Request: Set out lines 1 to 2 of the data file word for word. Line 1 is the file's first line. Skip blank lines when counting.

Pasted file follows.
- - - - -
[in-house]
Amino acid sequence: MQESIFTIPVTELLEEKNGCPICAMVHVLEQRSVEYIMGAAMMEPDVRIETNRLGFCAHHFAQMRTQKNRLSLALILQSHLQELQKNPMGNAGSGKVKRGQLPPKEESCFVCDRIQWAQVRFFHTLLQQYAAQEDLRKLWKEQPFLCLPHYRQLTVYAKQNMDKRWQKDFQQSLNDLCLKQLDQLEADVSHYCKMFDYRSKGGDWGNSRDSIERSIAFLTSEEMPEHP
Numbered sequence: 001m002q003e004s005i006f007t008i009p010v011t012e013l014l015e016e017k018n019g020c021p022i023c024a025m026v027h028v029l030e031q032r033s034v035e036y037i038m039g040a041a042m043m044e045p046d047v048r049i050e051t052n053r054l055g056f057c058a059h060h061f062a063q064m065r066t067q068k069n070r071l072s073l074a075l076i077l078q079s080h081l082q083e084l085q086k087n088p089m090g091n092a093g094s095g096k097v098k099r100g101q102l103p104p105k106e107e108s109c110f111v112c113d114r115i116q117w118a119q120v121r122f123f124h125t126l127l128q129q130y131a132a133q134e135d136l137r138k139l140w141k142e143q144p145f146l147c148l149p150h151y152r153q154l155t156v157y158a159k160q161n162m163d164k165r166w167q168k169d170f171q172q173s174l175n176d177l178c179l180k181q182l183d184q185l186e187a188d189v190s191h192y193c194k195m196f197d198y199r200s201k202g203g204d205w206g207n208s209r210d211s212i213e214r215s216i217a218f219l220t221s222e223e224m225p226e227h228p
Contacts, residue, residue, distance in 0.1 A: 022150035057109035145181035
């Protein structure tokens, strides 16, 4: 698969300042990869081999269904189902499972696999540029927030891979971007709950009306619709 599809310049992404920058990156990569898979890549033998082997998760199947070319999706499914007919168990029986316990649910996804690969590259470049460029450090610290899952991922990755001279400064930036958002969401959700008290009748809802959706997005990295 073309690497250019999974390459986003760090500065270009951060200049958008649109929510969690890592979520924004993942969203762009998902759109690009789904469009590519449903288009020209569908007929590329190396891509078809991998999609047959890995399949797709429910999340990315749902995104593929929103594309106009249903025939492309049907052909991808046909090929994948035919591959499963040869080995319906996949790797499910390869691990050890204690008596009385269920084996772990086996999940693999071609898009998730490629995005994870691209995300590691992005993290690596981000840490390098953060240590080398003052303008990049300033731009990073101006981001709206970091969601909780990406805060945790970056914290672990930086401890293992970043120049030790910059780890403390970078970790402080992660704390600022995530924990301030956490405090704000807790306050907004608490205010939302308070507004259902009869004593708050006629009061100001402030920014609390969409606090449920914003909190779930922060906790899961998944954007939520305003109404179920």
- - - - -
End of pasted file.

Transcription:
[in-house]
Amino acid sequence: MQESIFTIPVTELLEEKNGCPICAMVHVLEQRSVEYIMGAAMMEPDVRIETNRLGFCAHHFAQMRTQKNRLSLALILQSHLQELQKNPMGNAGSGKVKRGQLPPKEESCFVCDRIQWAQVRFFHTLLQQYAAQEDLRKLWKEQPFLCLPHYRQLTVYAKQNMDKRWQKDFQQSLNDLCLKQLDQLEADVSHYCKMFDYRSKGGDWGNSRDSIERSIAFLTSEEMPEHP